Hearing begins anticipated Congressional review

Washington, D.C. – Today at 10:00 a.m., as the Obama Administration works to complete a final nuclear deal with Iran, U.S. Rep. Ed Royce (R-CA), Chairman of the House Foreign Affairs Committee, will convene a hearing entitled, “Implications of a Nuclear Agreement with Iran.”  The hearing is the first in a series of hearings the Committee will convene to examine the Obama Administration’s anticipated nuclear agreement with Iran.

Live webcast and witness testimony will be available HERE.

Below is Chairman Royce’s opening statement as prepared for delivery at the hearing:

This morning, the Committee continues to examine the Obama Administration’s nuclear diplomacy with Iran as we get set for a congressional review of a possible, and hugely consequential, agreement.

As we speak, U.S. negotiators in Vienna face another deadline.  But to be clear, there is no push from Congress to conclude these negotiations in the next few hours.  If the Administration negotiates a sound agreement, it shouldn’t matter if the congressional review period is 30 or 60 days.

While we don’t have an agreement in front of us, we know the troubling outline taking shape.  Just a few months ago, 367 Members of Congress signed a letter Ranking Member Engel and I led stating that any final agreement must last for multiple decades and include full disclosure of Iran’s past efforts to build a nuclear weapon, a dramatic reduction in the number of centrifuges, as well as intrusive inspection and verification measures.

A few weeks ago, several of President Obama’s former advisors signed an open letter echoing these concerns, and warned that these negotiations may fall short of meeting the Administration’s own standard of a “good” agreement.  Indeed, one witness with us today wrote back when these negotiations began (November 2013) that a “good enough” agreement would have Tehran giving up “all but a minimal enrichment capacity,” agree to intrusive inspections and guarantee the re-imposition of sanctions.

But that’s not even close to where negotiations are today.  The “most robust and intrusive inspections and transparency regime ever negotiated for any nuclear program in history” – the President’s promise – has turned into “managed access,” with the Iranians having a big say in where international inspectors can and can’t go.  “Managed access” is a big back away from the “anywhere, anytime” terms the Administration once demanded.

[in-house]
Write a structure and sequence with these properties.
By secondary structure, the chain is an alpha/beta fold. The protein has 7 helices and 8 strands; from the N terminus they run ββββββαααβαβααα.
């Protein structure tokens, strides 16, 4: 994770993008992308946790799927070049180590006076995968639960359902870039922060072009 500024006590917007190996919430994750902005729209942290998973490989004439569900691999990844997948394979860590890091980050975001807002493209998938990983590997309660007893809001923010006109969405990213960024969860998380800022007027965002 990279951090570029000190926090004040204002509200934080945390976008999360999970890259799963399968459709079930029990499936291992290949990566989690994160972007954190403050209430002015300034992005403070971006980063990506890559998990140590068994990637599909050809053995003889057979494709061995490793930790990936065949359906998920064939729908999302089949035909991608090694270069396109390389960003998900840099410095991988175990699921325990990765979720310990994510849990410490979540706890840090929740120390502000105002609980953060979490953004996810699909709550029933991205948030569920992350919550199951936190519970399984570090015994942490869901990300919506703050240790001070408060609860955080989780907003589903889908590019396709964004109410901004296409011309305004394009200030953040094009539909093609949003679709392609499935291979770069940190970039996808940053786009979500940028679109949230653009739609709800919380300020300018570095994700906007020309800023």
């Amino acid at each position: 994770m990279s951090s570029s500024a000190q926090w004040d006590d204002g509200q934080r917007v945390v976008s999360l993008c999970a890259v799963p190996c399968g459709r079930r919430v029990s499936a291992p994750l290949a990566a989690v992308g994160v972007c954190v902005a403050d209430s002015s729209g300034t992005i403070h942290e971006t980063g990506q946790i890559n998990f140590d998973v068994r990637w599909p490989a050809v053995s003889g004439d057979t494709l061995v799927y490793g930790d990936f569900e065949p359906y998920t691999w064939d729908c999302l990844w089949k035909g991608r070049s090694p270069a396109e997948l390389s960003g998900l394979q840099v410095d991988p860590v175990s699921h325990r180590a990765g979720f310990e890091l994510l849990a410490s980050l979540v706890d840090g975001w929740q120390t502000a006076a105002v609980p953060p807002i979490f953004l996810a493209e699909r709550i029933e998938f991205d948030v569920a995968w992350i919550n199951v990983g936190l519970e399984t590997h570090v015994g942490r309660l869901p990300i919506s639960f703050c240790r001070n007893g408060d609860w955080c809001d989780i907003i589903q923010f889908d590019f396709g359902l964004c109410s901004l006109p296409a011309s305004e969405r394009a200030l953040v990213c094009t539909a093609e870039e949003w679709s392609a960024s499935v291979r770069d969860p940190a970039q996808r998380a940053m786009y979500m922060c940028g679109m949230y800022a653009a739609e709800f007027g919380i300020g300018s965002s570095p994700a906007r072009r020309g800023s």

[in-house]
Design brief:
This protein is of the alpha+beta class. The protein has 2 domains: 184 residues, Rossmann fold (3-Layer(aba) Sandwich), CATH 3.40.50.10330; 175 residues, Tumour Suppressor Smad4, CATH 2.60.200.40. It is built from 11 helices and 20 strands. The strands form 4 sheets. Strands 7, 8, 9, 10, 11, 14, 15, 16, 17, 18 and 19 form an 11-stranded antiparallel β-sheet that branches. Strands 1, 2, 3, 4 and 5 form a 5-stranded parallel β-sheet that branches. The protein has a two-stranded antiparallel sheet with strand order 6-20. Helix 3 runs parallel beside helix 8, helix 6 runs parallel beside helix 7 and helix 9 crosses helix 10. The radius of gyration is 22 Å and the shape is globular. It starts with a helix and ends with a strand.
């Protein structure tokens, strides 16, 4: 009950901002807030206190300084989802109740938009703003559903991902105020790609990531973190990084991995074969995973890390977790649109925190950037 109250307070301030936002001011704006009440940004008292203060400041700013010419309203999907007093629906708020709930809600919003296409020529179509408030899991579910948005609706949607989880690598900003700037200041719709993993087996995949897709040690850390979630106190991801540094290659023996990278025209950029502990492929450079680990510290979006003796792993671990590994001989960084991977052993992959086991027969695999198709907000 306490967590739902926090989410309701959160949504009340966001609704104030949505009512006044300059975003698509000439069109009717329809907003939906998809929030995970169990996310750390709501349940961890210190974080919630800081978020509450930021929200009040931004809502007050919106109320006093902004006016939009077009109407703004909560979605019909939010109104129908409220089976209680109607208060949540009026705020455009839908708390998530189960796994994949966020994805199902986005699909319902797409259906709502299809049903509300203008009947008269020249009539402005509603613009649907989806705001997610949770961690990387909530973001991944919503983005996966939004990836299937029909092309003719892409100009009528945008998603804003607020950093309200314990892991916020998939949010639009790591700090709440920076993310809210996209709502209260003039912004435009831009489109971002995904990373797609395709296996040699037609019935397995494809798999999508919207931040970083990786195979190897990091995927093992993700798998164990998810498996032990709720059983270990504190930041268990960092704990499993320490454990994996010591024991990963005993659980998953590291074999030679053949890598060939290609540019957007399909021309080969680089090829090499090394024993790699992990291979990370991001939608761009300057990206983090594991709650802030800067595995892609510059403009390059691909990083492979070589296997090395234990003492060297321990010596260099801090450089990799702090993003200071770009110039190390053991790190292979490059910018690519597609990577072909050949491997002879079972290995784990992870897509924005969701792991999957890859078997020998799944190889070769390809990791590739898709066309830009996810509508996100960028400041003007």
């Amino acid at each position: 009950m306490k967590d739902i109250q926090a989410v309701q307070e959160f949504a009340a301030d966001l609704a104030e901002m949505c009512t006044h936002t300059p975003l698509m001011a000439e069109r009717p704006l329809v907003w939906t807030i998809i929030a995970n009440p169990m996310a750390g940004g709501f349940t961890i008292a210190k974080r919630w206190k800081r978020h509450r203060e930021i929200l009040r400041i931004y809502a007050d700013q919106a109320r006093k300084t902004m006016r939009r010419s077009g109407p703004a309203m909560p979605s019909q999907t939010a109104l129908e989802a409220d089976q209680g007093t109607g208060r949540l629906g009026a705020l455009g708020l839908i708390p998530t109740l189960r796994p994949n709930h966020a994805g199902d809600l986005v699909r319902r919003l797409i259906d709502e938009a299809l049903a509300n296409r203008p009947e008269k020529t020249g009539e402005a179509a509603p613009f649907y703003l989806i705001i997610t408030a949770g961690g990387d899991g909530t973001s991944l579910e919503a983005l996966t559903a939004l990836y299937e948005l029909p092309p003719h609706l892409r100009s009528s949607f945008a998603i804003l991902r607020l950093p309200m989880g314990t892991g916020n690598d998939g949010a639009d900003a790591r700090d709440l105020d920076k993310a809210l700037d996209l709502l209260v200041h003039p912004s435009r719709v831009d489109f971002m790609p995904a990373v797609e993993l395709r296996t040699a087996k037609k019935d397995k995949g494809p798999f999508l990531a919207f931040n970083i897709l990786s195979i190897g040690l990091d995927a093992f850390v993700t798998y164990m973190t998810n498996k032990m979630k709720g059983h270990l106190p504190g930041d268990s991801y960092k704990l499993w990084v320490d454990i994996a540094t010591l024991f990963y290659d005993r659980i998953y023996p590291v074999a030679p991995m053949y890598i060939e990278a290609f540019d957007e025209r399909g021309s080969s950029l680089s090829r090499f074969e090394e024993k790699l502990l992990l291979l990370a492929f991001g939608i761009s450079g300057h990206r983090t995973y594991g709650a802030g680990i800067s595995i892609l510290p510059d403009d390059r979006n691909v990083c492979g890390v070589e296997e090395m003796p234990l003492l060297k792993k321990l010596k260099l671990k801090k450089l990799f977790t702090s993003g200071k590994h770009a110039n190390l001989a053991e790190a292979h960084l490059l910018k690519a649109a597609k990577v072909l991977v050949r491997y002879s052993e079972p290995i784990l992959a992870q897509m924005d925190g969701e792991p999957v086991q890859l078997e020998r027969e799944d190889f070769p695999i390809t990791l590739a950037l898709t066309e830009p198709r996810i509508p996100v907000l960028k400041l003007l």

But to be clear, under this agreement, Iran doesn’t even have to cheat to be a step away from the bomb.  Iran is not required to dismantle key bomb making technology; it is permitted a vast enrichment capacity, and is allowed to continue its research and development to gain an industrialized nuclear program once this agreement begins to expire in as little as ten years.  That is hardly “decades.”  That is hardly “all but minimal” enrichment.

Meanwhile, Iran continues to develop its ballistic missile capabilities.  After Iran’s Supreme Leader called demands to restrict its missile program “a stupid, idiotic expectation,” U.S. negotiators backed off this key demand.  Instead, Iran is still able to “mass produce” its ballistic missiles, as the Supreme Leader has ordered.  We ought to be concerned.  Really concerned.  One witness told the Committee last month that, “no country that has not aspired to possess nuclear weapons has ever opted to sustain” a costly, long-range missile program.  Already, U.S. intelligence estimates Iran to have the largest arsenal of ballistic missiles in the Middle East.  Simply put, countries build ICBMs to deliver nukes.

Not to mention that the terrorist state of Iran will be flush with cash.  Reportedly, Iran will receive as much as $150 billion under this agreement – some 25 times the annual budget of Iran’s Revolutionary Guards Corps.  Such a huge amount will breathe life into Iran’s economy and fund a new generation of terrorism in the region and beyond.
At every step in this process – whether it’s enrichment capacity, missile development or sanctions relief, the Obama Administration has discounted the fundamental nature of the regime in Tehran.  “Death to America” isn’t domestic spin – it is the regime’s rallying cry.

As one witness concludes –“President Obama is agreeing to dismantle the sanctions regime – permanently.  In return, Tehran is agreeing to slow the development of its nuclear program – temporarily.”   That’s a bad deal for us: permanent concessions in exchange for temporary benefits, and that’s only if Iran doesn’t cheat, like North Korea did.  So Iran is left a few steps away from the bomb and more able to dominate the region.   How does that make us and our allies more secure?  Or conflict less likely?  That is the bottom line this Committee has and will continue to look at.  Few issues are more important.